Growing up in Eastern Washington, I was infatuated with Bigfoot. Remember the movies where they would re-enact Bigfoot sightings? The hairy, distorted faces hiding in bushes, their lanky arms crashing through front windows (grabbing at a frightened woman), and once even knocking on someone's front door. That shit was fucking scary!

My brother and I vowed that one day we would travel into some heavy woods and hunt the beast. We weren't sure what we would do if we saw one, but we had a fancy camera and, in case of attack, a grenade my father had saved from some obscure war.

In 1976, before America's bicentennial, my parents decided we'd visit relatives near Calgary. Bigfoot country, here we come!

One morning we followed the Saskatchewan River into some wet, swampish land. We witnessed a very tall creature lapping water from its hands. We tried to get a better look but I slid noisily down into some thistle. The creature darted over to us, knifing through the water like a submarine. I tried to grab the grenade but cut the shit out of my hands. My brother reached for me but the creature grabbed my arms, lifting me out as carefully as he could. He held me up and watched me piss my pants. Then he led us to his makeshift hut.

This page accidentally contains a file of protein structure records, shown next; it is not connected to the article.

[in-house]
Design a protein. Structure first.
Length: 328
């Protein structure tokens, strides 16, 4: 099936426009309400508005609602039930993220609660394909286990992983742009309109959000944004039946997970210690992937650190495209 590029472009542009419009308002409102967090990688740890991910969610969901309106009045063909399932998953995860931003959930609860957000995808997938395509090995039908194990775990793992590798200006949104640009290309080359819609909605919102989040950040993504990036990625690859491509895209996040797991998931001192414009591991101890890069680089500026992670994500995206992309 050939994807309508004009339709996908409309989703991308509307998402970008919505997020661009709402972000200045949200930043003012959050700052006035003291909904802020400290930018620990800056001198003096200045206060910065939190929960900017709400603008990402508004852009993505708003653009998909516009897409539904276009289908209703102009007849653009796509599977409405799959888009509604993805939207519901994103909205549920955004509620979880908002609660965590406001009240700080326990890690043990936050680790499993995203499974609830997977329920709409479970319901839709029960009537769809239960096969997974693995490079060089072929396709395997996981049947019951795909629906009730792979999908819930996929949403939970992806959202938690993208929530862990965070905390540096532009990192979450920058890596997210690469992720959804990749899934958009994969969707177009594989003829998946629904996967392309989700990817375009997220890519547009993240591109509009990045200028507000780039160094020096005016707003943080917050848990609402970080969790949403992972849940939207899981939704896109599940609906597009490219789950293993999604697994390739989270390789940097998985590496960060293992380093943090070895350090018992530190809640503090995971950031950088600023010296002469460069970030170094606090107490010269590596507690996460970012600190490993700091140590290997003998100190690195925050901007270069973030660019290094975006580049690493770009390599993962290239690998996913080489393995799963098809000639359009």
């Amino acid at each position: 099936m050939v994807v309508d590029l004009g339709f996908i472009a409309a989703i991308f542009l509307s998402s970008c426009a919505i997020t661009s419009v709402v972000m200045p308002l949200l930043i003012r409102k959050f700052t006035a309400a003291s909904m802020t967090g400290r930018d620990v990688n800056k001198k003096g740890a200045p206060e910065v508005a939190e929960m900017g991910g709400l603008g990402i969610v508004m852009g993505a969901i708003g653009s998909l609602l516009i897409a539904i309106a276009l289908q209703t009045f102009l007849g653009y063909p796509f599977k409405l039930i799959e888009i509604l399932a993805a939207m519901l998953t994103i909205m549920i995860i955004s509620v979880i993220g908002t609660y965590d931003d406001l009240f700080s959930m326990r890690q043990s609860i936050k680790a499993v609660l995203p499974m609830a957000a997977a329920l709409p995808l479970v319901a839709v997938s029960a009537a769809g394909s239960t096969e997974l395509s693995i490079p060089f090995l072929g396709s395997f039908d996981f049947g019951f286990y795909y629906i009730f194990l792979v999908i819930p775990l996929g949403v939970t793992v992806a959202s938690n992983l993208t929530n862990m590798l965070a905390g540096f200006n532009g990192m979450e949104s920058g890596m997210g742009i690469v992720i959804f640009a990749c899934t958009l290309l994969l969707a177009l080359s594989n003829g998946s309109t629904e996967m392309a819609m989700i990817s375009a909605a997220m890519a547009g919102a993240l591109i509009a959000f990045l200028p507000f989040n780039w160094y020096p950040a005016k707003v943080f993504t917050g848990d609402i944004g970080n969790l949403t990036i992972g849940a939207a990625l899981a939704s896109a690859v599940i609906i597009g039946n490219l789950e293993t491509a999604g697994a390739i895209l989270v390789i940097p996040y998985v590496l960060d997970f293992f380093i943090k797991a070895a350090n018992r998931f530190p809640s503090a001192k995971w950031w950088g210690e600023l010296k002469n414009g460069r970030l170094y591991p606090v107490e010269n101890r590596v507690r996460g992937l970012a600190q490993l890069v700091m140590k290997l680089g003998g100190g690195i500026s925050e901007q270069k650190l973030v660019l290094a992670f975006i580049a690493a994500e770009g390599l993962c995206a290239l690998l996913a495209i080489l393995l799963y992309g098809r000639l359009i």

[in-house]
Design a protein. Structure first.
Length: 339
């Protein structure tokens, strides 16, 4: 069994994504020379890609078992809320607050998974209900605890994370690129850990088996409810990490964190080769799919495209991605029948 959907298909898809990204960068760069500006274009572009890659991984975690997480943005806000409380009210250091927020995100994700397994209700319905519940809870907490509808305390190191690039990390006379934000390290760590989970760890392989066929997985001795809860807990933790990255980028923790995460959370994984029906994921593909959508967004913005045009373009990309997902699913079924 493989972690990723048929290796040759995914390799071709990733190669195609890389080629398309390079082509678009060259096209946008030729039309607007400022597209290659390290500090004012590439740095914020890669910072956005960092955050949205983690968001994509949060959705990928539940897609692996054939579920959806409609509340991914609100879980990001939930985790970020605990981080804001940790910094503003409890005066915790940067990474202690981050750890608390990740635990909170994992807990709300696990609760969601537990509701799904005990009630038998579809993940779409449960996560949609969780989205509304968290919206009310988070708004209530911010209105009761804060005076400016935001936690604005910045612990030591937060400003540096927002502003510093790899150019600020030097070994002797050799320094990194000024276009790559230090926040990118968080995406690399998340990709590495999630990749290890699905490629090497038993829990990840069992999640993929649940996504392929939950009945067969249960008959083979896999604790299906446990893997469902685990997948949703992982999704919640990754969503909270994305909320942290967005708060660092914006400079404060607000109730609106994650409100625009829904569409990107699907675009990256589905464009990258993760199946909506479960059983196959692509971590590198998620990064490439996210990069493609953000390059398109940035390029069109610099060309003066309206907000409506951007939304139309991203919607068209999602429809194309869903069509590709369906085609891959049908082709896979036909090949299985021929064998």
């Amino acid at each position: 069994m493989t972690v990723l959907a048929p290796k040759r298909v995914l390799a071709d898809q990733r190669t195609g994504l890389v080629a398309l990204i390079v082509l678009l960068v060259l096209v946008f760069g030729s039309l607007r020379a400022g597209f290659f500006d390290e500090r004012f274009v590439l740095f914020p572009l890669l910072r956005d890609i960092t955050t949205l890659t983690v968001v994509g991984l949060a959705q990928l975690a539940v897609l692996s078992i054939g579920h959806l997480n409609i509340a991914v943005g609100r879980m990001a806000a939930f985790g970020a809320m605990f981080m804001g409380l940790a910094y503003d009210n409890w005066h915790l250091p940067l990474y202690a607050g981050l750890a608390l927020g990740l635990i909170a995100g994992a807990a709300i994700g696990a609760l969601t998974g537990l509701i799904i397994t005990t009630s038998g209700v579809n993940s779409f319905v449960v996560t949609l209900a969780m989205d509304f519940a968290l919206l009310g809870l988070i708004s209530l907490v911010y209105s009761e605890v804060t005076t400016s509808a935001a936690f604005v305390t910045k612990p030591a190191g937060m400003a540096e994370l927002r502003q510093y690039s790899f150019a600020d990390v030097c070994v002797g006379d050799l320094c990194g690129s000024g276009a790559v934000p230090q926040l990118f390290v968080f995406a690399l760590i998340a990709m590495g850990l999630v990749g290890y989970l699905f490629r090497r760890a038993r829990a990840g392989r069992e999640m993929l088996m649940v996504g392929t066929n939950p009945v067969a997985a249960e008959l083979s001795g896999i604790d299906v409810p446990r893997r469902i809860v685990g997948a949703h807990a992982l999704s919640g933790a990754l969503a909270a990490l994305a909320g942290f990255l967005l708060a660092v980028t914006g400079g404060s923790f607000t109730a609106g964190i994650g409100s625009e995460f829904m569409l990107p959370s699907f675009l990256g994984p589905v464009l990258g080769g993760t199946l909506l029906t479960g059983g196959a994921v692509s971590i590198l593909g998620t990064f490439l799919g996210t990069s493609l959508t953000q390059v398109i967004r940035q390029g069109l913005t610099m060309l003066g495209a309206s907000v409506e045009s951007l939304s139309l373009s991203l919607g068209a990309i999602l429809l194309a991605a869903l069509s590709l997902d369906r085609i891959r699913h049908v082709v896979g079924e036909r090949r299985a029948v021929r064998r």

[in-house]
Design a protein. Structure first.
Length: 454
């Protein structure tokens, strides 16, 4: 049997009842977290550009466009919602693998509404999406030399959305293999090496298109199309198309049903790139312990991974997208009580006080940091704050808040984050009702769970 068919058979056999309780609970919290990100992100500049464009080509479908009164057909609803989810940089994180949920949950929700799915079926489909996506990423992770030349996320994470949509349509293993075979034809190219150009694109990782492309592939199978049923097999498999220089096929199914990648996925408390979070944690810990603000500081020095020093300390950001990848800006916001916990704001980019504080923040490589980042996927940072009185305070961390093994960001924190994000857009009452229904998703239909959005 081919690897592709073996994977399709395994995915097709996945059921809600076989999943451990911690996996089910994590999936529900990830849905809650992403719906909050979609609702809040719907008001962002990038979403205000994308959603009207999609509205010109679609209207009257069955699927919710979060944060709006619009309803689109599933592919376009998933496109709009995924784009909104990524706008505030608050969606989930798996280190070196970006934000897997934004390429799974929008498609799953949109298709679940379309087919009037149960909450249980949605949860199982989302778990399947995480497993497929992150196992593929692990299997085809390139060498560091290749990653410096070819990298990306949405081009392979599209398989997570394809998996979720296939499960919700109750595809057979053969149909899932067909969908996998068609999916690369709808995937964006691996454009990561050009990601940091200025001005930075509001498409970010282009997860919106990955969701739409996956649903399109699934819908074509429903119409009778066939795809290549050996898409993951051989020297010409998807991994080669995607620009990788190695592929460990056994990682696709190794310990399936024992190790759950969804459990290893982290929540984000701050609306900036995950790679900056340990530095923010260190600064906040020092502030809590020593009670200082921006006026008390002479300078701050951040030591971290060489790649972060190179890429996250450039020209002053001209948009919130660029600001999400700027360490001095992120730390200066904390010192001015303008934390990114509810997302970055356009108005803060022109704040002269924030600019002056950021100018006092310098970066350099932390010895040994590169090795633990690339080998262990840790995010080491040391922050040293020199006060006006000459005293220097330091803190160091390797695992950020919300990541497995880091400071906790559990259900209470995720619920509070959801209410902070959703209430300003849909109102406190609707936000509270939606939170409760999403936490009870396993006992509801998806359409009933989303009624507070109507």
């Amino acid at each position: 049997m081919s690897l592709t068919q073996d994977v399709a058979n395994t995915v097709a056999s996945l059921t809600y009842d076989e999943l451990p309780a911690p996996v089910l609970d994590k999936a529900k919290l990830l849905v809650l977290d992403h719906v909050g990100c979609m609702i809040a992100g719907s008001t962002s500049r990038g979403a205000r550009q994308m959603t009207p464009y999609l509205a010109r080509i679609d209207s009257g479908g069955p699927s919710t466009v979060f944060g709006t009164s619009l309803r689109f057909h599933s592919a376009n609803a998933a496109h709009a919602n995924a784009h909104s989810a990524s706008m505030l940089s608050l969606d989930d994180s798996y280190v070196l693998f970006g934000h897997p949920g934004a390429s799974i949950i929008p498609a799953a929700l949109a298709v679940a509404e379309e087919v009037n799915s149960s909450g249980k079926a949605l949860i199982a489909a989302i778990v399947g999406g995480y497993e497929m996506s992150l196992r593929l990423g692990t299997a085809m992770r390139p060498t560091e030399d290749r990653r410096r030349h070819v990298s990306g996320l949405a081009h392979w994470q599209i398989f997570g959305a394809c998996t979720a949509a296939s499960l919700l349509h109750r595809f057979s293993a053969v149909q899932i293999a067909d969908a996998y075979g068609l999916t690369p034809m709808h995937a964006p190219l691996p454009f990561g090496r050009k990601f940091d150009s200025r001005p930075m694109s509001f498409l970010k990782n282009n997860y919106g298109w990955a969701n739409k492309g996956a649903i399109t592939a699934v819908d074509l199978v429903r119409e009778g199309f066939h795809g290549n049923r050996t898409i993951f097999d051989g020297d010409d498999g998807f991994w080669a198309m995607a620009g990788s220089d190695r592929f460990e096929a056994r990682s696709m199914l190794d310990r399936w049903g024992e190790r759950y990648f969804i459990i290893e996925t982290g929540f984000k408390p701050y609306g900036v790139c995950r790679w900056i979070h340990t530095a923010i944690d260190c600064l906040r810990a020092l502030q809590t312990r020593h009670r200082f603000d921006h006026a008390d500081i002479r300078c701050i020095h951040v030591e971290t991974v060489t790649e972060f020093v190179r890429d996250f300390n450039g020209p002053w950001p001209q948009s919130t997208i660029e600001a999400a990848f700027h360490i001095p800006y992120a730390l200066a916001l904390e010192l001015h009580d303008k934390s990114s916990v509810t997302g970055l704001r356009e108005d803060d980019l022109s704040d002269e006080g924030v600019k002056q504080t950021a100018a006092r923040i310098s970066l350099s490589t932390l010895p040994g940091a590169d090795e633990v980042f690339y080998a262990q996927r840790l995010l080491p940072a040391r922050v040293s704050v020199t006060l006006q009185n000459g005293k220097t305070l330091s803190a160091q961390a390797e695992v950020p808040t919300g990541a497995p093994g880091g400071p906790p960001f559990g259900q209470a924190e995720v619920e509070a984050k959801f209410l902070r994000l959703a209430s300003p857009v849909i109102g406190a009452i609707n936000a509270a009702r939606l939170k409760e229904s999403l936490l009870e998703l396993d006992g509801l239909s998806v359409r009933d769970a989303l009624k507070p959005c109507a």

There he began to speak in a slow, studied Frenchish-Canadian accent. He told us things we hadn't learned in school yet. How America was run by Jews who had slaughtered all the Indians, how shows like Happy Days were brainwashing the youth, and how the proper pronunciation of "about" was "a-boot." Real freedom was only in Canada, he said, where alcohol content was higher in the beer, where the police rode on horses to conserve gasoline, and where the rivers ran pure, free of factory pollution and prison sewage.

Prison sewage, he assured us, was a big deal. We weren't sure if we could believe all he said, especially the part about the Jews. "I don't think they killed Indians," my brother said. "I think they just control the TV stations." The creature taught us Canada's anthem and fed us smoked meat. On our way home we were pissed that we forgot to take photographs of our new friend, but still, when we returned to the states later, we couldn't look at the flag the same way again. America was corrupt and we felt that stinging knowledge in our throats every time we said "about"(a-bowt), or whenever we saw that commercial with the crying Indian. We left our hearts in Canada, in that makeshift hut, where one day we hope to return.